Until 2018, apricot pits were available as a ‘superfood’ in Dutch health food shops. However, following the near-death of a consumer, these were banned from sale. Apricot pits contain a high concentration of amygdaline, which changes into cyanide in the human stomach. But why were apricot pits being sold as a ‘superfood’ in the first place? This thesis investigates how poisonous foods come to be eaten by consumers, exploring factors on both the supply-side (e.g. sites of production and sale) and demand-side (e.g. promotion, integration into consumption practices). A literature review will explore relevant areas such as health foods, ‘drug foods’ and functional foods. Earlier examples of apricot pits being sold as a health food (e.g. in the 1970s US) will also be examined. The empirical core of the thesis will consist of interviews with key actors relating to the production, sale, consumption and regulation of apricot pits as food, seeking to understand how they came to be positioned not just as ‘edible’ but also as ‘healthy’. It will draw out implications for our understanding of what ‘edibility’ is, explaining how some things that are technically lethal still end up on people’s plates.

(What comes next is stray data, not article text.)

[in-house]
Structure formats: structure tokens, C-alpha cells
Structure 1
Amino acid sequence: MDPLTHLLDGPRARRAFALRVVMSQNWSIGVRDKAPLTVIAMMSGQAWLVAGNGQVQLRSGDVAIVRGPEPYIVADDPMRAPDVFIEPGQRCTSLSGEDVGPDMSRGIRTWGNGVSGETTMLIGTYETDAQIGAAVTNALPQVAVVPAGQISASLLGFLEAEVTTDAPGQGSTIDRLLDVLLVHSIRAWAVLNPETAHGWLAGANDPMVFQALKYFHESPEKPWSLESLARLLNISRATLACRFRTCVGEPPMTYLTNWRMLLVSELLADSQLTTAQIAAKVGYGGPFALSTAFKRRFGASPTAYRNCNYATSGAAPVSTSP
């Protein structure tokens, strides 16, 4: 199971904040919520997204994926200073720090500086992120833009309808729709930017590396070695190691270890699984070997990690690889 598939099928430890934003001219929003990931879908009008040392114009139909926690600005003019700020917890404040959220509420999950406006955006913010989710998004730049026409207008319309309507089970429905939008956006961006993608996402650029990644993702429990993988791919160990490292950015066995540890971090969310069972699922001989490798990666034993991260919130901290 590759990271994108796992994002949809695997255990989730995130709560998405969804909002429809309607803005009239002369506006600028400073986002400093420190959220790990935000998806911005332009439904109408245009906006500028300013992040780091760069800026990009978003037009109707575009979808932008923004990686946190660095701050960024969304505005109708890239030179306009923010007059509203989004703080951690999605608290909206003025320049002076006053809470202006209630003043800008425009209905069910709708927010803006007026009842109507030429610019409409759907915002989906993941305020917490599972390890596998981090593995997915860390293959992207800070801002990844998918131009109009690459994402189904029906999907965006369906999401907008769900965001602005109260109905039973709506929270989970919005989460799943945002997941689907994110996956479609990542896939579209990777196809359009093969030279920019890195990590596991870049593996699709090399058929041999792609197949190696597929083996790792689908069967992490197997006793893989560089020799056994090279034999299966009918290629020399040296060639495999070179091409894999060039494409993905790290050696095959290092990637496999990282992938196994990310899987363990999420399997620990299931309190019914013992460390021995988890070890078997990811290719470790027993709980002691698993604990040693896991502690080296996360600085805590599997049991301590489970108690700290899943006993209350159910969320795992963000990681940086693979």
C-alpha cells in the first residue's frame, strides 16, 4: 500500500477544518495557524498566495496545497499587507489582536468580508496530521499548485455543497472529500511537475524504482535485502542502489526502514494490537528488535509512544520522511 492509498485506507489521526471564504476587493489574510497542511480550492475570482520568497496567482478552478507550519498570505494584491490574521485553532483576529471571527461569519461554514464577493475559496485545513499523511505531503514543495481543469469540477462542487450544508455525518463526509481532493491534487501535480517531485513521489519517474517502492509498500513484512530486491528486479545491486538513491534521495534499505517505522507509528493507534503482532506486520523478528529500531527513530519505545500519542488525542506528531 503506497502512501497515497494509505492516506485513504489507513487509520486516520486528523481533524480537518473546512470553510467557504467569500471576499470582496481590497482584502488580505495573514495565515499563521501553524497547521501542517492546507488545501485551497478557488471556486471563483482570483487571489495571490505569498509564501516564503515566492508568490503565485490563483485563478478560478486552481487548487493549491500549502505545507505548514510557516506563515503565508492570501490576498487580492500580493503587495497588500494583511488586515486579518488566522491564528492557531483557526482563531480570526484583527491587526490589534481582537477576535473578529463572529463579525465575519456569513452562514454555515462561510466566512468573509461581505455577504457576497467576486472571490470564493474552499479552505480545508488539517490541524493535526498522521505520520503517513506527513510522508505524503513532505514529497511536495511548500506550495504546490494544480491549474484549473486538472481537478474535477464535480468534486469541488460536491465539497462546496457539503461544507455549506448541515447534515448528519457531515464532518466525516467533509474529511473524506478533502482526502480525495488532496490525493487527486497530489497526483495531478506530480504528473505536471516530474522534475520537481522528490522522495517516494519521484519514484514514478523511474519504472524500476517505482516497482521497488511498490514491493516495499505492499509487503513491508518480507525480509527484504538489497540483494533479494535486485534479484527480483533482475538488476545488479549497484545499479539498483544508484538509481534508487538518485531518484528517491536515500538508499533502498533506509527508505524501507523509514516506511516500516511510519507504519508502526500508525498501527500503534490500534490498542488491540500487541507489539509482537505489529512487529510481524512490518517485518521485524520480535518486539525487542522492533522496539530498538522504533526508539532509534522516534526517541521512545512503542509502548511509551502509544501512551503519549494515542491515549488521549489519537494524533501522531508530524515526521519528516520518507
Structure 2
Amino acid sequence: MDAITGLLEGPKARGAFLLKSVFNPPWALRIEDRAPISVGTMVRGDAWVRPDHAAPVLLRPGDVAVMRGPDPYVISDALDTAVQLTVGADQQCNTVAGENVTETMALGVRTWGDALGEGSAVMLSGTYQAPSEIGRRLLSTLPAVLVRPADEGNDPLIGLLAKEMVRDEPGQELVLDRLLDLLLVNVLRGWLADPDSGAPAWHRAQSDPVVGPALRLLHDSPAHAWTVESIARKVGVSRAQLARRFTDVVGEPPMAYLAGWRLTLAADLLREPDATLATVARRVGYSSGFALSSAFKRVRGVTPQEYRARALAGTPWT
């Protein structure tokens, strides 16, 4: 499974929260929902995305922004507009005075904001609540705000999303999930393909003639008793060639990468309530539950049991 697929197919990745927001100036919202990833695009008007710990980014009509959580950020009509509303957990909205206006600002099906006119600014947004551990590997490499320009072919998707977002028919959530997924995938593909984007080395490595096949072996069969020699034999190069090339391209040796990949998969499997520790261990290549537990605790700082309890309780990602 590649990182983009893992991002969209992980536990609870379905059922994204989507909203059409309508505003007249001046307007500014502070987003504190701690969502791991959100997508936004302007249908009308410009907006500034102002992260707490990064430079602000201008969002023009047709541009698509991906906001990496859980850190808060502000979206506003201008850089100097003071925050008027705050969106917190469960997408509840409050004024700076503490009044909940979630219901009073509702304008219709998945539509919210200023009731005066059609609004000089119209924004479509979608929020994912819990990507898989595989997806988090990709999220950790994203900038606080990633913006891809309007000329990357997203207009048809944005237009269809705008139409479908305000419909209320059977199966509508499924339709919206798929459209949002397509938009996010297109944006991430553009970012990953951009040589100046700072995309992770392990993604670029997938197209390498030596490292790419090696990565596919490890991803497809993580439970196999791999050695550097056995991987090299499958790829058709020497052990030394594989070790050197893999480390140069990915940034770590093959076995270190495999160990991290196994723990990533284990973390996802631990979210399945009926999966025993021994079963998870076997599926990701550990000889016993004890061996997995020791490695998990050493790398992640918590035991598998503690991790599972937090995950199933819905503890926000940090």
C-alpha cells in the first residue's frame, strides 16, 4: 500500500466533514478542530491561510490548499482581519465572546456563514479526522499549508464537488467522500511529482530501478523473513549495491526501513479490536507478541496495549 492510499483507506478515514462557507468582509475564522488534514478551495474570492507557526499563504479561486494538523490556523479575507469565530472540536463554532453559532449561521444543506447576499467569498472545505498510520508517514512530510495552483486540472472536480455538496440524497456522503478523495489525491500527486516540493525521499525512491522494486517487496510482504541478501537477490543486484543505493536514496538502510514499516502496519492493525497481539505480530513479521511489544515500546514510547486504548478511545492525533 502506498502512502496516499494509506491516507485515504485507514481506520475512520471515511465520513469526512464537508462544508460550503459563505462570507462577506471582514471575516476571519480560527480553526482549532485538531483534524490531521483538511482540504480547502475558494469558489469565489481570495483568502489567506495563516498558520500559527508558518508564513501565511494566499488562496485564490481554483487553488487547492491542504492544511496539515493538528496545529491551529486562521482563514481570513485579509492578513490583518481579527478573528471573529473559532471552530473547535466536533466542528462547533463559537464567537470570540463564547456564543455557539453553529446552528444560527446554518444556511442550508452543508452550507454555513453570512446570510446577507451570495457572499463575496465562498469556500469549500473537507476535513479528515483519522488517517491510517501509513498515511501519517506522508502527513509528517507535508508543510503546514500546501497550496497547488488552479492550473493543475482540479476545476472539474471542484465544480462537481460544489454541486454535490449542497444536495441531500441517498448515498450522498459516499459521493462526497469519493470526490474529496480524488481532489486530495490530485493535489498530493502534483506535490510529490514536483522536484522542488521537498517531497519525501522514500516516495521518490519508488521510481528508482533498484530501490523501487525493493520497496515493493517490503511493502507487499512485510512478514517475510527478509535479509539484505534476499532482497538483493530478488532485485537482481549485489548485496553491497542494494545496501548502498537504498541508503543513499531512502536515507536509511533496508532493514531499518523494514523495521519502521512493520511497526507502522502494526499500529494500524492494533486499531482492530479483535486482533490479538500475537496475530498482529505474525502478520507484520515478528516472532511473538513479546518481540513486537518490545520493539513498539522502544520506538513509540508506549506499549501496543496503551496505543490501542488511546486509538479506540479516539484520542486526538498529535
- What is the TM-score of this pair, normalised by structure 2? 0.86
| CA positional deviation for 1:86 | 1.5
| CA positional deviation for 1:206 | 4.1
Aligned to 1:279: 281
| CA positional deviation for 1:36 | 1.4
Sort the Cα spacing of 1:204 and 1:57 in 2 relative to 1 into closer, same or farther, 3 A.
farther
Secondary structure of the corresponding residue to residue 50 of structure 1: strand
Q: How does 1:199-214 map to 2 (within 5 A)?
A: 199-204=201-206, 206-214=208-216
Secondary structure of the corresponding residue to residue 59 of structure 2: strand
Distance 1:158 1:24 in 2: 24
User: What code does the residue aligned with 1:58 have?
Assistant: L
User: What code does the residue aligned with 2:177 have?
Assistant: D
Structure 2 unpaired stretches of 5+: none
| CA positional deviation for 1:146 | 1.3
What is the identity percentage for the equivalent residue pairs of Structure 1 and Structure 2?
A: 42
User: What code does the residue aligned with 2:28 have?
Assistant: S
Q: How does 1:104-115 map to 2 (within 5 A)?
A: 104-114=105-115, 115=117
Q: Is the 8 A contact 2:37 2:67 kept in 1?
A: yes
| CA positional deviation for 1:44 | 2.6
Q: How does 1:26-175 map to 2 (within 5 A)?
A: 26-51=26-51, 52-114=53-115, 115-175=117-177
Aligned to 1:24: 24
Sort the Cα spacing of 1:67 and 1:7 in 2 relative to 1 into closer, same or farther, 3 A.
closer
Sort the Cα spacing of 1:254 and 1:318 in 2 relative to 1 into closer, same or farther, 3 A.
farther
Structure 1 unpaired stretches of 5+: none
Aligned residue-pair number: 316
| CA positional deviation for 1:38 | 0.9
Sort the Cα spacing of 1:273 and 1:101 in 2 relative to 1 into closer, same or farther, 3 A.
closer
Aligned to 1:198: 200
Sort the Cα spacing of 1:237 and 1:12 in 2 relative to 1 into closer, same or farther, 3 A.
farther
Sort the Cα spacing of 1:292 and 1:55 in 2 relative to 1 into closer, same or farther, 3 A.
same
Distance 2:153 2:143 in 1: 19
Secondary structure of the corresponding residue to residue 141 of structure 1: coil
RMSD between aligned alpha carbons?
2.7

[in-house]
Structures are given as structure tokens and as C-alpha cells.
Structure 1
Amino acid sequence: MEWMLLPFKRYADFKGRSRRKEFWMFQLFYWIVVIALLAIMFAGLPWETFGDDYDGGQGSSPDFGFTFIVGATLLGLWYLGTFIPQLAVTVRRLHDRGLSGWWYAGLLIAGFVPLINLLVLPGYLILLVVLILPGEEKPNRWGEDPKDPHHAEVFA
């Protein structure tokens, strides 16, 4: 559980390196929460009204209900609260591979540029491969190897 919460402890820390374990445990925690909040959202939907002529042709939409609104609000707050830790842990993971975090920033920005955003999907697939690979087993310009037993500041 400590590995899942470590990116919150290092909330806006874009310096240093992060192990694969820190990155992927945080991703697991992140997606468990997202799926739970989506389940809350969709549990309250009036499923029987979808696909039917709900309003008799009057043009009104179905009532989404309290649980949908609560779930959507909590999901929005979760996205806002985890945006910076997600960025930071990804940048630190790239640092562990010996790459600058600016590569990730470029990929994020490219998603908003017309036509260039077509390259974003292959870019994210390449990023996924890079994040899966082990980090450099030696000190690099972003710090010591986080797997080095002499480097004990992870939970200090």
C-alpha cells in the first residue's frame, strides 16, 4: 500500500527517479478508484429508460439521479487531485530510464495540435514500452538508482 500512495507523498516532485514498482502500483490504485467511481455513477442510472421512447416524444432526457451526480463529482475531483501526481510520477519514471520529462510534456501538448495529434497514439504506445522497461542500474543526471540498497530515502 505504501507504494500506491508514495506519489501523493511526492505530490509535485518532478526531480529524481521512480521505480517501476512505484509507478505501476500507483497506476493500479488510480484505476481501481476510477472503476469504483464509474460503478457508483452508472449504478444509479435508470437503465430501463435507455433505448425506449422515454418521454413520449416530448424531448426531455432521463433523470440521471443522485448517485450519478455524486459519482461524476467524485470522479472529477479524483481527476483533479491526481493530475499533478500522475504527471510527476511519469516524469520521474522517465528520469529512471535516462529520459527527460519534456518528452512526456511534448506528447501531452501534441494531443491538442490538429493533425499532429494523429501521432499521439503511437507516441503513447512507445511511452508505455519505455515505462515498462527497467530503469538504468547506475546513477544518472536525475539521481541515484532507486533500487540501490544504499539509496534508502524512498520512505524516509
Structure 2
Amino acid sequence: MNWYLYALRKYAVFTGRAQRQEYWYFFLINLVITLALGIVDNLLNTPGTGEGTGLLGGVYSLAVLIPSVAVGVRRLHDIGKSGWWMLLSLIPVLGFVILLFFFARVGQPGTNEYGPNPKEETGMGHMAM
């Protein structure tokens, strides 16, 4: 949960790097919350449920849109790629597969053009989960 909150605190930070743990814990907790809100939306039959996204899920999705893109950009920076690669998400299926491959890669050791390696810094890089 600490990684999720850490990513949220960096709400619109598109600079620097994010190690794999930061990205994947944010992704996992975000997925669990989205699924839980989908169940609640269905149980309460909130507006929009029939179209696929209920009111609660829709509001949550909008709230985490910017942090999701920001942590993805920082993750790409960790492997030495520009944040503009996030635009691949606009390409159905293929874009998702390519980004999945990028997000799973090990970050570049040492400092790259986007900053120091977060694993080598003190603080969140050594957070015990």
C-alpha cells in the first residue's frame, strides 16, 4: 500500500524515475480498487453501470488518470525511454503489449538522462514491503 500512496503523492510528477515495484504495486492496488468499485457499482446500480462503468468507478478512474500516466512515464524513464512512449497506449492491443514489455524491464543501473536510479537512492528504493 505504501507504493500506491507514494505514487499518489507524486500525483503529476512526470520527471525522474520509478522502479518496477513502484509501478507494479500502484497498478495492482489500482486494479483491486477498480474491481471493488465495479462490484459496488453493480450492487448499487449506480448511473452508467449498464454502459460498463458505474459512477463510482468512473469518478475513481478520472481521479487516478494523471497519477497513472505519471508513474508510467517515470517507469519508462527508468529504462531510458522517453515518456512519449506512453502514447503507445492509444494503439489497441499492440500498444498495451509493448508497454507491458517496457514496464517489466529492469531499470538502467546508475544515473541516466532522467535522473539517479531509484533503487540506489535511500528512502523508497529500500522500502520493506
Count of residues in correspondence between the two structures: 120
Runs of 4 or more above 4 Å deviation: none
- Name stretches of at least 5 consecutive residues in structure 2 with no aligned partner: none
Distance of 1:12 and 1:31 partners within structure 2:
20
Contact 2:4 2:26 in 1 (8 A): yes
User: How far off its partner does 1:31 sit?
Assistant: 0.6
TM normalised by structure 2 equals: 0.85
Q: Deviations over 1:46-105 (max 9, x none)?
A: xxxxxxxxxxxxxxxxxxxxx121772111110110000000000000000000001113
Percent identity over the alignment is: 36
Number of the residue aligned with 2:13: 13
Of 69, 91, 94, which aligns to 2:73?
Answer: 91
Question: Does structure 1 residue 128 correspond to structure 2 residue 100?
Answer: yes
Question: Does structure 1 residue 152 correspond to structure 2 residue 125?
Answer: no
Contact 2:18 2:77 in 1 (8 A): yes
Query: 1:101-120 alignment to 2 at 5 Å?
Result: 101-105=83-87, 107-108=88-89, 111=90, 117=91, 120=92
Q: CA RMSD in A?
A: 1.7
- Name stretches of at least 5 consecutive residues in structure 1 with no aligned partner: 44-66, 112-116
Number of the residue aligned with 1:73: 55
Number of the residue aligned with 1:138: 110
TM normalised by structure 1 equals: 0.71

This thesis employs qualitative research methods: this will involve primary data collection (e.g. interviews, observations) and desk-based research (e.g. review and analysis of academic literature, historical/archival sources, popular sources/grey literature).
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